e-letter 6/22/18

“Owe no one anything, except to love one another, for the one who loves another has fulfilled the law. The commandments, “You shall not commit adultery; You shall not murder; You shall not steal; You shall not covet”; and any other commandment, are summed up in this word, “Love your neighbor as yourself.” Love does no wrong to a neighbor; therefore, love is the fulfilling of the law.”
Romans 13:8-10

For the last couple of weeks, scripture has been in the headlines, which is not something that happens much these days. This could be a good thing. Bringing scripture to bear on the everyday issues that we face as individuals and as a nation is a good thing. As followers of Jesus, we are called to view the world and the challenges we face through the lens of scripture so that we might discern how God in Christ is calling us to respond to the questions we face. But how we use scripture, how we apply it to our current context is important. Scripture must be interpreted within the wider context in which it is found. It is not always possible to make a direct connection between what a verse or two of scripture may appear to say and the issue that needs to be addressed. Furthermore, for Christians, all the “words” of scripture must ultimately be filtered through the lens of the “Word” made flesh, Jesus Christ.

In the most recent case, U.S. Attorney Jeff Sessions, who is himself a United Methodist, quoted Romans 13:1 to support the policy of separating immigrant children from their families.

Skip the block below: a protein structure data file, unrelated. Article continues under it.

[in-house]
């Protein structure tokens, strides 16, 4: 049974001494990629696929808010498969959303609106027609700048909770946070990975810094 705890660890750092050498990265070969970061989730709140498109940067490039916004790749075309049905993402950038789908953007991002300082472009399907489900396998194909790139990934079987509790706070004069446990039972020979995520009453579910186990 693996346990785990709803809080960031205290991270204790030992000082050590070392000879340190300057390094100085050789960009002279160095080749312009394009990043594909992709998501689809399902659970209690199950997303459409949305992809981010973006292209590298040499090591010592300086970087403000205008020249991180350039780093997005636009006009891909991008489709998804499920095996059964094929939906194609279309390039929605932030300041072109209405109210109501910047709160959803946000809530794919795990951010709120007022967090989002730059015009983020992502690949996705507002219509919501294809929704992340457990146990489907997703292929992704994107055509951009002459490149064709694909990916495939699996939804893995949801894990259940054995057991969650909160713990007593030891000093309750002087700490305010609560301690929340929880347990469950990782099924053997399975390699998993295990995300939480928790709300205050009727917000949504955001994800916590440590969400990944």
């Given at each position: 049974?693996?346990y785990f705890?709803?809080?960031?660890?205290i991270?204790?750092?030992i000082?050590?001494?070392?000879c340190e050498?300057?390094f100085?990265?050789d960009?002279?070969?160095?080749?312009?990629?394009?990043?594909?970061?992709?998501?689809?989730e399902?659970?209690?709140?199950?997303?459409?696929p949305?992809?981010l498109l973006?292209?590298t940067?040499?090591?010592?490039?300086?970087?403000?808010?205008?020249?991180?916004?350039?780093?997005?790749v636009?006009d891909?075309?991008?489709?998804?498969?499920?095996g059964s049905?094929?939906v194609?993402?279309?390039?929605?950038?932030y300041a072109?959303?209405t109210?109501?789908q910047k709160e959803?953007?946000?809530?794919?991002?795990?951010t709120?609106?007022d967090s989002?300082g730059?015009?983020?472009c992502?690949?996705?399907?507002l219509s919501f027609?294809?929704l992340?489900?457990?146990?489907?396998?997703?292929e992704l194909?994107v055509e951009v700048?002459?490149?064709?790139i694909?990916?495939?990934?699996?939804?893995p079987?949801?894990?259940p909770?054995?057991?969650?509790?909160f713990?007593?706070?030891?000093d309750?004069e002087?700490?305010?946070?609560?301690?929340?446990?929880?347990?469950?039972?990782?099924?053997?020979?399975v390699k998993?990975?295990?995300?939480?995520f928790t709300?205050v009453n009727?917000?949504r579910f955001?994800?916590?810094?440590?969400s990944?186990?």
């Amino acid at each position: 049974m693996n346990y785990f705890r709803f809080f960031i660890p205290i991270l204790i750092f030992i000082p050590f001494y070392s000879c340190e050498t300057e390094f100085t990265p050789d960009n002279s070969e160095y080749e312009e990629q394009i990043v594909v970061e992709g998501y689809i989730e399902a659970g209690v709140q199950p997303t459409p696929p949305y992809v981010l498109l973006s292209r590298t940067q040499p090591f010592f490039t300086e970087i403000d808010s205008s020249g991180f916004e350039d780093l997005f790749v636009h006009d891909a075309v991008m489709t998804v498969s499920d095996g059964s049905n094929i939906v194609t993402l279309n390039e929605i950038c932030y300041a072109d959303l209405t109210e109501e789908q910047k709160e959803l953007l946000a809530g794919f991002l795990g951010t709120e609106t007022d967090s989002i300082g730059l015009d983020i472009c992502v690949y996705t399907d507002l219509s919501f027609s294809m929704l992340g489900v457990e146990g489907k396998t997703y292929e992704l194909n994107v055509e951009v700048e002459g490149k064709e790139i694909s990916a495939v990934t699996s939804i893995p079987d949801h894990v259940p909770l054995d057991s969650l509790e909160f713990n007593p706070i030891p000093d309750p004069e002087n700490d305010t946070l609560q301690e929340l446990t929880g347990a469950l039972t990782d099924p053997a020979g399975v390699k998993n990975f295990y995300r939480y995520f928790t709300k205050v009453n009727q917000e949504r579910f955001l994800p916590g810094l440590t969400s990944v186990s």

“Let every person be subject to the governing authorities; for there is no authority except from God and those authorities that exist have been instituted by God.”

He is correct that the Apostle Paul wrote these words to the church at Rome. However, he wrote them to a particular people, Roman Christians, during a particular time, the 1st century Roman empire, dealing with a particular set of circumstances. Interpreting Paul’s words today is tricky business. In fact, one biblical scholar I consulted wrote simply that anyone seeking to interpret Paul’s words for a specific context today should this text with great caution.  It is also dangerous to take a single verse out of context.

Putting this verse in context we see that Paul writes these words in the context of several chapters that speak again and again of the necessity of love. “Let love be genuine; hate what is evil, hold fast to what is good.” (12:9) “Contribute to the needs of the saints; extend hospitality to strangers.” 12:13 “Overcome evil with good.” 12:21. And finally, as mentioned above, “love is the fulfilling of the law.” 13:10

What is clear from these passages taken as a whole; what is clear throughout the Old and New Testaments; and what is clear from the witness of Christ in the Gospels, is that God has called us to love and care for our neighbors, for the stranger, for those who are most vulnerable. Children certainly fall into the category of the most vulnerable no matter who their parents are, no matter what their parents have or have not done. In fact, Jesus was very clear that children have a special place in God’s Kingdom. (Matthew 19:13-15)